$5M FalconStor settlement ... and other business briefs

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LONG ISLAND

$5M FalconStor settlement

FalconStor Software Inc., a Melville-based data-storage company, has agreed to pay $5 million to settle a class-action shareholder lawsuit stemming from a federal probe into a bribery scheme. The scheme involved FalconStor's former CEO, ReiJane Huai, and two former salesmen who allegedly paid $300,000 in bribes to executives at JPMorgan Chase & Co. in exchange for $12 million in contracts. Huai committed suicide in 2011, the day before he was scheduled to plead guilty. "The agreement to settle the class-action lawsuit represents another significant step forward for our company and our shareholders," said Jim McNiel, who took over as CEO after the scandal broke. In June, FalconStor agreed to $5.8 million in criminal and civil penalties related to the case. -- JOE RYAN

NATION

Fed pays government $88.9B

The Federal Reserve says it paid the federal government a record $88.9 billion in 2012. The central bank earned the money from the Treasury bonds and mortgage-backed securities it has purchased to drive interest rates lower and boost the economy. The 2012 payment was up 17.9 percent from 2011 when it paid the federal government $75.4 billion. It also surpassed the previous record payment of $79.3 billion made in 2010. The Fed began buying Treasury bonds and mortgage bonds during the last recession and has kept up the effort since the downturn ended in June 2009 in an effort to boost the subpar recovery and lower high unemployment. It is currently purchasing $85 billion in bonds each month.

Jobless applications up slightly

Weekly applications for U.S. unemployment benefits ticked up slightly last week, the latest sign of slow but consistent gains in the job market. The Labor Department said Thursday applications rose 4,000 to a seasonally adjusted 371,000, the most in five weeks. The previous week's total was revised lower. The four-week average, a less-volatile measure, increased 6,750 to 365,750. It had fallen to a four-year low the previous week. A department spokesman said all states reported data and none were estimated. In the previous two weeks, the department relied heavily on estimates because many states weren't able to report data over the holidays.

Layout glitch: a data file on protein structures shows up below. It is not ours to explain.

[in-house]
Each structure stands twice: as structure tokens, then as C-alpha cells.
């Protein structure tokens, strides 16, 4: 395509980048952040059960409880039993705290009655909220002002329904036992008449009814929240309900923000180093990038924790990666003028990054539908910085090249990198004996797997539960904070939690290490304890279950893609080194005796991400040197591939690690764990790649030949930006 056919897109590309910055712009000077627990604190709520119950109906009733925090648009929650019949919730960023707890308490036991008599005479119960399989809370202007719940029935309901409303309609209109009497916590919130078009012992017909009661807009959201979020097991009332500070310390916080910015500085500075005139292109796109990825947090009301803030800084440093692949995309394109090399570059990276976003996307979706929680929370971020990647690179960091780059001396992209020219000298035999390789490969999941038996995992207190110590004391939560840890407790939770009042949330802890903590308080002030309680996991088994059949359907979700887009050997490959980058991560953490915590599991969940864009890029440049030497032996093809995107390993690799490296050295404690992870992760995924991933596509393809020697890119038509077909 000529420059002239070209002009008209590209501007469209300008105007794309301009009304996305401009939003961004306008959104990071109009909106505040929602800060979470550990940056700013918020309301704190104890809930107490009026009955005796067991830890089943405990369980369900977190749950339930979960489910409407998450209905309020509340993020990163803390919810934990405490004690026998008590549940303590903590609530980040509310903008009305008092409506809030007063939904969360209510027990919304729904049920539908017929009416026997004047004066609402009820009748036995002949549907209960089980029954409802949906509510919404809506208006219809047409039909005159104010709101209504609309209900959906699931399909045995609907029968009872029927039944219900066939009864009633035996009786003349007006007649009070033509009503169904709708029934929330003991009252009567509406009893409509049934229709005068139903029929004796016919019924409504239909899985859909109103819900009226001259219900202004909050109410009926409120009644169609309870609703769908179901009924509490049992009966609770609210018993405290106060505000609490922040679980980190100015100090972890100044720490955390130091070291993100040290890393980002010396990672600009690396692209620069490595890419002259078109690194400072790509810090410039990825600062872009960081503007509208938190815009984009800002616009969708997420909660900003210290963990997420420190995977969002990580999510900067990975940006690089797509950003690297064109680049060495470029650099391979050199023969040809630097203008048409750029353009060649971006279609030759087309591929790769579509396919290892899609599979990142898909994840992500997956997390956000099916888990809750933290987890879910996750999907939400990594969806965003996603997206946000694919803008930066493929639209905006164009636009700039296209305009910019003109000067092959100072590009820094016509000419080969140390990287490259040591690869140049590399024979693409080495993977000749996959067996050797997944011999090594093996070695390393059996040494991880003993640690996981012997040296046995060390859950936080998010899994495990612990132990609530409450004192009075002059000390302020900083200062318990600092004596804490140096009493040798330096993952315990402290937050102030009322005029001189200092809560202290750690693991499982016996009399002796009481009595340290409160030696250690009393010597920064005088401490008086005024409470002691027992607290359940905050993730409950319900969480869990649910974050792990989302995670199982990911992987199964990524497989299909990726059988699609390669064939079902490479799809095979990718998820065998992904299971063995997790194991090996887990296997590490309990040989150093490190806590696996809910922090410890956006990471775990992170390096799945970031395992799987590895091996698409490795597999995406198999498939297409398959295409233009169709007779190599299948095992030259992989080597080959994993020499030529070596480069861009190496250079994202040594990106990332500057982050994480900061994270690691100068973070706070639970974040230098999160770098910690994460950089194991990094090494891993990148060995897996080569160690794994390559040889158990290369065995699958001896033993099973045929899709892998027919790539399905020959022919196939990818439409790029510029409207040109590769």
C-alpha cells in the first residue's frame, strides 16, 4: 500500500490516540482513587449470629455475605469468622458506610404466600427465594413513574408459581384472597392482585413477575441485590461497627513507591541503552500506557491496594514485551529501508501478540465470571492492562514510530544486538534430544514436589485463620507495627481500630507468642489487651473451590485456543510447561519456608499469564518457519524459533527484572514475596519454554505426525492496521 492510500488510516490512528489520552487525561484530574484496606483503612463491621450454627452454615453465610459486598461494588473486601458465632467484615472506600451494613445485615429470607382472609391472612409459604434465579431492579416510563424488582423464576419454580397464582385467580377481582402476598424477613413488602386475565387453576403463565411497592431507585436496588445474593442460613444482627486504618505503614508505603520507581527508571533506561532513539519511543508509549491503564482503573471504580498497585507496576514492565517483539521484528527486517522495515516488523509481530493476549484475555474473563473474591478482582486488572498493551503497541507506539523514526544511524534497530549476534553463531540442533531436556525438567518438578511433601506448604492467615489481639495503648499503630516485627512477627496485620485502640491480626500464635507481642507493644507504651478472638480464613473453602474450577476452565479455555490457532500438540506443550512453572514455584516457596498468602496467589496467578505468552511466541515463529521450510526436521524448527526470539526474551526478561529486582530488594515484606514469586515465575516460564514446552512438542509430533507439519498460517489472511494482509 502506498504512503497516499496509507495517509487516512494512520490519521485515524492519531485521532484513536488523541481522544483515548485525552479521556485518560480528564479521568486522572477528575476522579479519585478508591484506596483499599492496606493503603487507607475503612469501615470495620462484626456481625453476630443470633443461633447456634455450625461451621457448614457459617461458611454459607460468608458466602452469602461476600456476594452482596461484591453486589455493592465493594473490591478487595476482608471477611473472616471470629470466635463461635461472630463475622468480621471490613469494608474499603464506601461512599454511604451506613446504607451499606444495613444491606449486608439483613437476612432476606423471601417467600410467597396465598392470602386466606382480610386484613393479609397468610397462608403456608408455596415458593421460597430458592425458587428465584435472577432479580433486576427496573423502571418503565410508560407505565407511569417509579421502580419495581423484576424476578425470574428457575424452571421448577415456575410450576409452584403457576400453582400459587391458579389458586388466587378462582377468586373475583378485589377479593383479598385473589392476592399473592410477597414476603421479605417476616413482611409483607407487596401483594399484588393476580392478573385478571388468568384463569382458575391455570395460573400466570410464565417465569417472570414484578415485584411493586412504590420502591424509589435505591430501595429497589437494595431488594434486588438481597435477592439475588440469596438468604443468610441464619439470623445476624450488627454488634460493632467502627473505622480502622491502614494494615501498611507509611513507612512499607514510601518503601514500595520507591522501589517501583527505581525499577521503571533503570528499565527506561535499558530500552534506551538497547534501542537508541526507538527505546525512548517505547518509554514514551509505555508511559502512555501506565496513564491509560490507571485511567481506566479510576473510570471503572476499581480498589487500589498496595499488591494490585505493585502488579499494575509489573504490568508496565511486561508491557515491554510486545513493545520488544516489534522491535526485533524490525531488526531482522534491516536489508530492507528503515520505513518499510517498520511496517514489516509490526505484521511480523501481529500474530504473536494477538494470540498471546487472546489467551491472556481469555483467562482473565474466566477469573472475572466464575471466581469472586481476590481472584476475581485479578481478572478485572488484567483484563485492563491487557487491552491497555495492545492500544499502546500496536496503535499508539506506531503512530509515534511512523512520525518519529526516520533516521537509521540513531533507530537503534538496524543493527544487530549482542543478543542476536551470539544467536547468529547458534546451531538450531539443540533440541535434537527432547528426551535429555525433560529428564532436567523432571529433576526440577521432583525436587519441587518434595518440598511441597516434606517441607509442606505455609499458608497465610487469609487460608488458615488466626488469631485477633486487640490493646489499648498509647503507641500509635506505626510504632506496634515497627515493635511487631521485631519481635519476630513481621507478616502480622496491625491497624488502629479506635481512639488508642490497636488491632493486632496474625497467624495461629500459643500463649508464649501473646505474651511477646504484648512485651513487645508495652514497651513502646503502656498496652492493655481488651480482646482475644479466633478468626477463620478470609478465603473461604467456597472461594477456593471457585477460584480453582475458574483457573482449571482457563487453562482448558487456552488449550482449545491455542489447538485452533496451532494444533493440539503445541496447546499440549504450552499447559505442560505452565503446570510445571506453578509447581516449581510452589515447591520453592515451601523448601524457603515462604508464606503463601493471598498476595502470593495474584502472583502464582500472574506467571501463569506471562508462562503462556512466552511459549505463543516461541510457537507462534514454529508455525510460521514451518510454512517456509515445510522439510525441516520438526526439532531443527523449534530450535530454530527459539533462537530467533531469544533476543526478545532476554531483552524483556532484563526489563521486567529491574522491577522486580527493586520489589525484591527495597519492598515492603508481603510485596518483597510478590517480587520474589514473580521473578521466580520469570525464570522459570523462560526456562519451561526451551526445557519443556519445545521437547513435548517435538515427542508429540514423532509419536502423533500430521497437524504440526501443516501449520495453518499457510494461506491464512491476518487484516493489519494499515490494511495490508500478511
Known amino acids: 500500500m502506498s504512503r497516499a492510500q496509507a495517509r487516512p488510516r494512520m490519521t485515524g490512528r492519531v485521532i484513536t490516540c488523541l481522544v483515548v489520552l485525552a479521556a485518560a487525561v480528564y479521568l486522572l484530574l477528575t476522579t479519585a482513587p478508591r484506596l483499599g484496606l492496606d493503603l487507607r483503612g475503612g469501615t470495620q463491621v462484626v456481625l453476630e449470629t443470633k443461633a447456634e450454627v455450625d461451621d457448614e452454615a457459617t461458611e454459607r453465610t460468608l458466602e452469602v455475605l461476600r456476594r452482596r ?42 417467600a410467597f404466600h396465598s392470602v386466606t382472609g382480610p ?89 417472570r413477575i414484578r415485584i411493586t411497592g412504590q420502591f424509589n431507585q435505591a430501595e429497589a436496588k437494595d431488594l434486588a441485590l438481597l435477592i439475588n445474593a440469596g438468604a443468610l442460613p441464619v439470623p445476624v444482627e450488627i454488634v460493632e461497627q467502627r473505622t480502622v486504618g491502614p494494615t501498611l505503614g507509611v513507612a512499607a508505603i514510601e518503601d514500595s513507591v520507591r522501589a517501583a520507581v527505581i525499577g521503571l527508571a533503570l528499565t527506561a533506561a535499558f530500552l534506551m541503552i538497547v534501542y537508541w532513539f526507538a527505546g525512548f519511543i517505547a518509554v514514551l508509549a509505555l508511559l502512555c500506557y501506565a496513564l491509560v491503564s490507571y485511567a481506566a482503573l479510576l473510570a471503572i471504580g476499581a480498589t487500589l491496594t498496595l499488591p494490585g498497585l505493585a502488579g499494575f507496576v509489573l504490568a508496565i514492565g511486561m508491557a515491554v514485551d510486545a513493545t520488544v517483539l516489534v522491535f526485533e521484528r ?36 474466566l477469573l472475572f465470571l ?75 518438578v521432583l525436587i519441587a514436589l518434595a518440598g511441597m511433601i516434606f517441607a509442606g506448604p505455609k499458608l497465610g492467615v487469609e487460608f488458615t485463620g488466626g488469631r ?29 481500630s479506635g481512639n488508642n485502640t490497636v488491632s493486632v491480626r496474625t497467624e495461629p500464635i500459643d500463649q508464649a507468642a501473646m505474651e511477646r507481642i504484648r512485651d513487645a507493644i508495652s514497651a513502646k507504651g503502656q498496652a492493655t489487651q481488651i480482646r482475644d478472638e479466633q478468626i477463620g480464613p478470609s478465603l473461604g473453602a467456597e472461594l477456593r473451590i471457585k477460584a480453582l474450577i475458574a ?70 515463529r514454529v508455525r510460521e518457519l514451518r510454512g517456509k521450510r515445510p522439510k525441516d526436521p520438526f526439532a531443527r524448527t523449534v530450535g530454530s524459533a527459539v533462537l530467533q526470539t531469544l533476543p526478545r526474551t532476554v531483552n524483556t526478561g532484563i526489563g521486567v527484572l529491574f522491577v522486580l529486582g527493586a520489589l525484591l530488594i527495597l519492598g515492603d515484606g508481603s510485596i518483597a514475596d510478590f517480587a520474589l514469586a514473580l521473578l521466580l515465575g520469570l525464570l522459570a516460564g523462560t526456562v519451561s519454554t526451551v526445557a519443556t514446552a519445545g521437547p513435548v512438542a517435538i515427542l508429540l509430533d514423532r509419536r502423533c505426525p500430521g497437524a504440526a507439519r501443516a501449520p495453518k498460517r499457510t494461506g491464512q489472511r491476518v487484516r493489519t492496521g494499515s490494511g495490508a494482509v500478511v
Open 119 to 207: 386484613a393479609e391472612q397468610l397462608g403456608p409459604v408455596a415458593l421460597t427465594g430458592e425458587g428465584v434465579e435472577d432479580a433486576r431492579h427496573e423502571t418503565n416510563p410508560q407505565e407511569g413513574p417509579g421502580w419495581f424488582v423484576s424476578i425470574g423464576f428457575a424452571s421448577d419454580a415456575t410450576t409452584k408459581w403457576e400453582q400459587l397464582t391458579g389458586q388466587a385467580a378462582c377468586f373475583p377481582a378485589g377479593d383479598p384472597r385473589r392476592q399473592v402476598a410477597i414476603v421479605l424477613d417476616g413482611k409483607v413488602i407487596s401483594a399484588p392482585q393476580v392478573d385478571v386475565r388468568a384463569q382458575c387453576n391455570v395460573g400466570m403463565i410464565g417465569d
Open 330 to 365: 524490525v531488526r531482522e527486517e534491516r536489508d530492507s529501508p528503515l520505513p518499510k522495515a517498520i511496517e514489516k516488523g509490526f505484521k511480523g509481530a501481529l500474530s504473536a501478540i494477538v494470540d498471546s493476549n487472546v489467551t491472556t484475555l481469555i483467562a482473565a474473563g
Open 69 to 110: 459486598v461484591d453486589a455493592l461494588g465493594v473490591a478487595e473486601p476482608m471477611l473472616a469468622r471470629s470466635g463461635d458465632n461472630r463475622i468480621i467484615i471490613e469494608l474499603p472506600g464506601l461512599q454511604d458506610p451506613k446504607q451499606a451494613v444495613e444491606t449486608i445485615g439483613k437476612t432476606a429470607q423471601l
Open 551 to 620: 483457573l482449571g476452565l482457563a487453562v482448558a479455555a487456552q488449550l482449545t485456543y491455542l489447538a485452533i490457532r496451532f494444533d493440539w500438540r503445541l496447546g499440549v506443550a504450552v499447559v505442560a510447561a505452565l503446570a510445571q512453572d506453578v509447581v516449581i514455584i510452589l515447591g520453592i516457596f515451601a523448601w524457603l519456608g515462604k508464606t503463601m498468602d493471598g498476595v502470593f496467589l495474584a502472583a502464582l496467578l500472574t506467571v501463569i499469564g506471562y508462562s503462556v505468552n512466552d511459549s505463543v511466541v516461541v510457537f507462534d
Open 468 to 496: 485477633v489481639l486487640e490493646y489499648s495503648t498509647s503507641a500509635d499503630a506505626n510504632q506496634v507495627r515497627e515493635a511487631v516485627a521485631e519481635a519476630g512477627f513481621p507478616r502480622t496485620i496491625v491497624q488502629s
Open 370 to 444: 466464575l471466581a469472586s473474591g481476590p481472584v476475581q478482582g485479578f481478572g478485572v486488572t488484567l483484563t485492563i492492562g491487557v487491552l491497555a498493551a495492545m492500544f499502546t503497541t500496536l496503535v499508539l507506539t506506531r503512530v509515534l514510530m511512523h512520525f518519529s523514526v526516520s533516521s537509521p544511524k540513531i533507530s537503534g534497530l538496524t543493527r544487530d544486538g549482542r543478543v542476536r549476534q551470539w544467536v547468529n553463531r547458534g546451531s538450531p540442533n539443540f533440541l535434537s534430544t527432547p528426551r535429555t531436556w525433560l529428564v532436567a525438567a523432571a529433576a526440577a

Higher bank earnings expected

The big banks are set to begin reporting their fourth-quarter earnings, starting with Wells Fargo Friday. For most, analysts are predicting higher earnings. That doesn't necessarily mean that banks are making big gains in revenue or lending. Profits are expected to be driven by cost cutting, which means the banks are slashing jobs, and because they're releasing some of the reserves they'd stored up for loans that might go bad. The banks are also facing lawsuits from shareholders and the government over risky mortgage lending and other practices. The most recent reminder was Monday's national settlement over foreclosure abuse. Analysts say that the banks' future legal costs are unpredictable.

Immigration overhaul eyed

The president of the U.S. Chamber of Commerce said Thursday the "door to the American dream must always remain open" as he announced a broad coalition of business, labor, faith organizations, law enforcement and ethnic groups intent on overhauling the nation's immigration system. Tom Donohue outlined his priorities for immigration legislation and expressed optimism that after years of ill-fated efforts, there is momentum in the White House and Congress to tackle the politically charged issue. Donohue said any legislation should include increased border security. He also favors a national employee verification system, which has been a contentious issue in the debate. -- AP

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